Maryam is stuck in an abusive marriage, living with her in-laws in a conservative, toxically religious village. A few years back, her father was given a jar of priceless perfume by a dying leper and it seemed as if their fortunes would improve, but then Maryam’s father contracted leprosy and was exiled from the village. Maryam and her siblings, Eleazar and Marta, experience the shame and ostracism this brings. The precious jar that was meant to bring them freedom has only brought destruction. But rumors abound concerning a new doctor; perhaps hope is on the horizon…
This had such an intriguing description that I just had to read this debut work of fiction.
Alabaster begins ominously with a young woman experiencing an earthquake and its aftermath. We learn immediately that she’s treated like a slave by her husband’s family, is a mere 15 years of age, and has an older sister who lives alone. While the earthquake has caused some damage in the village, and a nearby family has suffered a fatality, Maryam is relieved to find that her family’s most precious possession has survived. From there, the first person narrative goes back to the time when Maryam and her father came across a dying leper in their olive grove. Her father’s choice of grace over Mosaic Law came from a good heart, but when he paid for it later the family was plunged into shame. The story continues to go back and forth in time, which I found confusing until I realized that the tense changed with each switch.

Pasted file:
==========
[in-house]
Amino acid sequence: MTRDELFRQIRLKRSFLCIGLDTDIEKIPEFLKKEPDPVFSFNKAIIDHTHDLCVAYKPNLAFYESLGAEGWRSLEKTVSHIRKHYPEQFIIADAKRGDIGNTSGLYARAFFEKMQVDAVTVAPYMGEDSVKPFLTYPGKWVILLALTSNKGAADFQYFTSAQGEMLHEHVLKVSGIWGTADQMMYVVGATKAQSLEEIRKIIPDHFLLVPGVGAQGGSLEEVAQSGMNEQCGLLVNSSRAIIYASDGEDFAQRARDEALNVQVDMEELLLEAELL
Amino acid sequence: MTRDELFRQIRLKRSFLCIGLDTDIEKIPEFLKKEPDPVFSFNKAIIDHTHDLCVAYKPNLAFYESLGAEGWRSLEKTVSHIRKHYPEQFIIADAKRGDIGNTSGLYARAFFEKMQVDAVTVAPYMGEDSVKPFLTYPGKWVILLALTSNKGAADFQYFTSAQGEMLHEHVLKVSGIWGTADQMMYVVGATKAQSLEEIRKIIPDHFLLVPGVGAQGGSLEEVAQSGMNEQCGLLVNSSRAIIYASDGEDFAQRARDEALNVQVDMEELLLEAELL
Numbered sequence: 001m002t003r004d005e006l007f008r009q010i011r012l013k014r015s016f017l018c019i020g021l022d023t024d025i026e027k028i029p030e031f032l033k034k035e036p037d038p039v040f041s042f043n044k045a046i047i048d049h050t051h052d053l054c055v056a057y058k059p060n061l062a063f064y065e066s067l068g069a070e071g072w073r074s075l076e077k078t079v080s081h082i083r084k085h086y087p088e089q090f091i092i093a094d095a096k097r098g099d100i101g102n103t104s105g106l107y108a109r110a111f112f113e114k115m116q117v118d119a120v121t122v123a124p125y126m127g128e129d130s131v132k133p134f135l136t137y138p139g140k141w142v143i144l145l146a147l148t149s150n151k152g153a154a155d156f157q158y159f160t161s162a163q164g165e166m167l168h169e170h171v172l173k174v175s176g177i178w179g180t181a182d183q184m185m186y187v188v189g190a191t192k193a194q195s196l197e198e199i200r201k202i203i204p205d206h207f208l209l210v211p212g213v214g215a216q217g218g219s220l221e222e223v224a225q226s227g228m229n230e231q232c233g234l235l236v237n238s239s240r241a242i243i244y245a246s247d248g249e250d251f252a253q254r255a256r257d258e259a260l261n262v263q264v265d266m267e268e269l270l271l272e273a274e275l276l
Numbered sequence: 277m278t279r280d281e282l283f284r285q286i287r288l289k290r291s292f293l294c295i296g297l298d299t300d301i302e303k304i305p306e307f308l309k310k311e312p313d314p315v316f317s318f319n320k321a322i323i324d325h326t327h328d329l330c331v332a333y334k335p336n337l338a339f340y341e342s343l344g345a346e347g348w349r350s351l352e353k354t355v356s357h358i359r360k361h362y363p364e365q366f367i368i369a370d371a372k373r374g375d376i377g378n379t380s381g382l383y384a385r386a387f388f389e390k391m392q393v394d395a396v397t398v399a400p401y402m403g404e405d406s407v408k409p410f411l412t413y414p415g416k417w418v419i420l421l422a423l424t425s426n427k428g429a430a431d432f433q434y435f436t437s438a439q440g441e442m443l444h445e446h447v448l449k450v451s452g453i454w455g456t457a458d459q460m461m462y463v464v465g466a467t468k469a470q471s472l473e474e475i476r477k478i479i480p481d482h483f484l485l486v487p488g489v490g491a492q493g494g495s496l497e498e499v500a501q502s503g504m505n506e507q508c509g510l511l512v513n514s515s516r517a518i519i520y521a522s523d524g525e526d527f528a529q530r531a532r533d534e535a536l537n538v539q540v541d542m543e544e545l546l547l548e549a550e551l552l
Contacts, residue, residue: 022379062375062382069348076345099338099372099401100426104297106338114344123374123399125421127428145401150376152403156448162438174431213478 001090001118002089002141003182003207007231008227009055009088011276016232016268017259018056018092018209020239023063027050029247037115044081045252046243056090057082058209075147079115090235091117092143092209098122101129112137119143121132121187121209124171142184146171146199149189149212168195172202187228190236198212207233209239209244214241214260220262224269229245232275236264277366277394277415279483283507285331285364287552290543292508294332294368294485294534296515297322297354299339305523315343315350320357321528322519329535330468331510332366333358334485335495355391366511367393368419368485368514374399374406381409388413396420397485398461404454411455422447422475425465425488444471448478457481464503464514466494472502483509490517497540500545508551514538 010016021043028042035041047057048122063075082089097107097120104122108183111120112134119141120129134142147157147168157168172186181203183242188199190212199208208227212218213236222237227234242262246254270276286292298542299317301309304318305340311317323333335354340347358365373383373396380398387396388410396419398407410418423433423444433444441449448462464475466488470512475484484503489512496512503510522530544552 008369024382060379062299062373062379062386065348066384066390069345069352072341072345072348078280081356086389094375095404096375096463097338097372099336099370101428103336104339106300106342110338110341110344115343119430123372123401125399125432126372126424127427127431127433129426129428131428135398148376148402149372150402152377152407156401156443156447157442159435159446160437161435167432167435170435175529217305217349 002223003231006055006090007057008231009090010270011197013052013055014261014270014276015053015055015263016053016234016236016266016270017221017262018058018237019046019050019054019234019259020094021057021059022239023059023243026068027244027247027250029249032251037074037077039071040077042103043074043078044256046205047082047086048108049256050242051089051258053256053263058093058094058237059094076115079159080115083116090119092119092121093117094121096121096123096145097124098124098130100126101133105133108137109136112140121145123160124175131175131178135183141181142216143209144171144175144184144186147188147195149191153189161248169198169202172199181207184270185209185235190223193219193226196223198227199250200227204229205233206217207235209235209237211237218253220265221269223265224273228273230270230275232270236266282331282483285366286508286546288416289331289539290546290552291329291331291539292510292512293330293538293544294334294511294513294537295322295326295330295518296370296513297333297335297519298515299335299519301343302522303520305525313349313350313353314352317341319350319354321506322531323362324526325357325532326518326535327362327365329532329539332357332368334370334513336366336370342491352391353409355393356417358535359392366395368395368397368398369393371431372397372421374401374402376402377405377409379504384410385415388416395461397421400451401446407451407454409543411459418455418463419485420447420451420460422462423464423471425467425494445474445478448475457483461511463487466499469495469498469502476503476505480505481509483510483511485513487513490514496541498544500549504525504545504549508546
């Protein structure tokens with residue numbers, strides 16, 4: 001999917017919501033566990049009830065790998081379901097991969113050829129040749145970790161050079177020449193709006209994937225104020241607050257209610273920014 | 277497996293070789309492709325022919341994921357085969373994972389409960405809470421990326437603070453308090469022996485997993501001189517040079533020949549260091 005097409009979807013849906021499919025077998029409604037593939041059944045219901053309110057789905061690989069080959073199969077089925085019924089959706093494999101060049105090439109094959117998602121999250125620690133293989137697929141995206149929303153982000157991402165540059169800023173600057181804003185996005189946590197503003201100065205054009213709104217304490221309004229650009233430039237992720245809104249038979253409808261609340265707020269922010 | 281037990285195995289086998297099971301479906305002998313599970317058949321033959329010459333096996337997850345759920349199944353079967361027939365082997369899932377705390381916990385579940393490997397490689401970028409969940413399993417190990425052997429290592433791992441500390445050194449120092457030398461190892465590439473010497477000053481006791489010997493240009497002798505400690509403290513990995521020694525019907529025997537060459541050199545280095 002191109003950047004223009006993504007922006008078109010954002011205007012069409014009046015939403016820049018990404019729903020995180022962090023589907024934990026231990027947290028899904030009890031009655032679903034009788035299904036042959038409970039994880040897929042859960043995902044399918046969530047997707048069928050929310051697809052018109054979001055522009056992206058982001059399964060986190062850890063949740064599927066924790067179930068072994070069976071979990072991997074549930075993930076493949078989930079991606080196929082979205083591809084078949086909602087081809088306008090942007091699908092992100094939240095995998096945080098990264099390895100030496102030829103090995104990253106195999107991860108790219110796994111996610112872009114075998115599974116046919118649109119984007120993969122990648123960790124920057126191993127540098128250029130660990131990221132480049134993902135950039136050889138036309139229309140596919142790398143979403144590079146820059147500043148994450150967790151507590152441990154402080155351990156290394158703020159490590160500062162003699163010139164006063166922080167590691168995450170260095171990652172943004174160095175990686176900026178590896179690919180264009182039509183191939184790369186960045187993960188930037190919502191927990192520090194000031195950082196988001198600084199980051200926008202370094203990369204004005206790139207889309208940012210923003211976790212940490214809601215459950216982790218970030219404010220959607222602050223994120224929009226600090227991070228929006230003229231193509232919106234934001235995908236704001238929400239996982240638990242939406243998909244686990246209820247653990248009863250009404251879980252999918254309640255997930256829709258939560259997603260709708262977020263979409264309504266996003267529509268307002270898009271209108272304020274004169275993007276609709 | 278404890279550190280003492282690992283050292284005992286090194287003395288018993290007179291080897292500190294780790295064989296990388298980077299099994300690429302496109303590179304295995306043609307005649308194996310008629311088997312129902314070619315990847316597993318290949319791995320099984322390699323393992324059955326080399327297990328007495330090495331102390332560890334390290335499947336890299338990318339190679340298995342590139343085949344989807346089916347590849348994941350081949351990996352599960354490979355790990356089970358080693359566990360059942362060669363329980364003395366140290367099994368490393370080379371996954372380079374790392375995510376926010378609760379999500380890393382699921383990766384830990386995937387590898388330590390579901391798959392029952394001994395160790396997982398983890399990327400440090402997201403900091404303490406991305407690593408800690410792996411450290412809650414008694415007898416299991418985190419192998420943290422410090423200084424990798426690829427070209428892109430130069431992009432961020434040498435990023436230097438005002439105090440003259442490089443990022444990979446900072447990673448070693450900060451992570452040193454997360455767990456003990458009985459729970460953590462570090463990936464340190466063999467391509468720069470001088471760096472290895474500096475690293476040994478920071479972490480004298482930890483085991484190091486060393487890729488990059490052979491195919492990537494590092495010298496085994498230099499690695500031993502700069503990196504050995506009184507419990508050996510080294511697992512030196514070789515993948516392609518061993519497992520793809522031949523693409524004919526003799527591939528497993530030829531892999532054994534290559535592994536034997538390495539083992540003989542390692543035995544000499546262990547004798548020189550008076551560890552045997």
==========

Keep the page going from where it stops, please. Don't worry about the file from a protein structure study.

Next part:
Aslan’s debut work of fiction has some wonderful moments. When the sisters learn they’re to host an important visitor you can feel the excitement. When a woman is found guilty of adultery and the sentence is carried out you understand her mother’s pain. I had read three-quarters of the book when I came upon a scene I immediately recognized. I don’t want to give anything away, but at that point I realized who the sisters were and I looked at them differently from then on. Other familiar scenes followed. I read Alabaster during Holy Week and found it to be a very appropriate tale. Overall, I loved reading this novel, found it far too short, and am looking forward to its follow-up whenever it’s released.
Thank you to Kregel for my complimentary copy of Alabaster, which I received in exchange for my honest review.
Have you read Alabaster? Do you plan to read it? Let me know your thoughts.
Publisher: Kregel Publications
Publication Date: 27 March 2017
Page Count: 208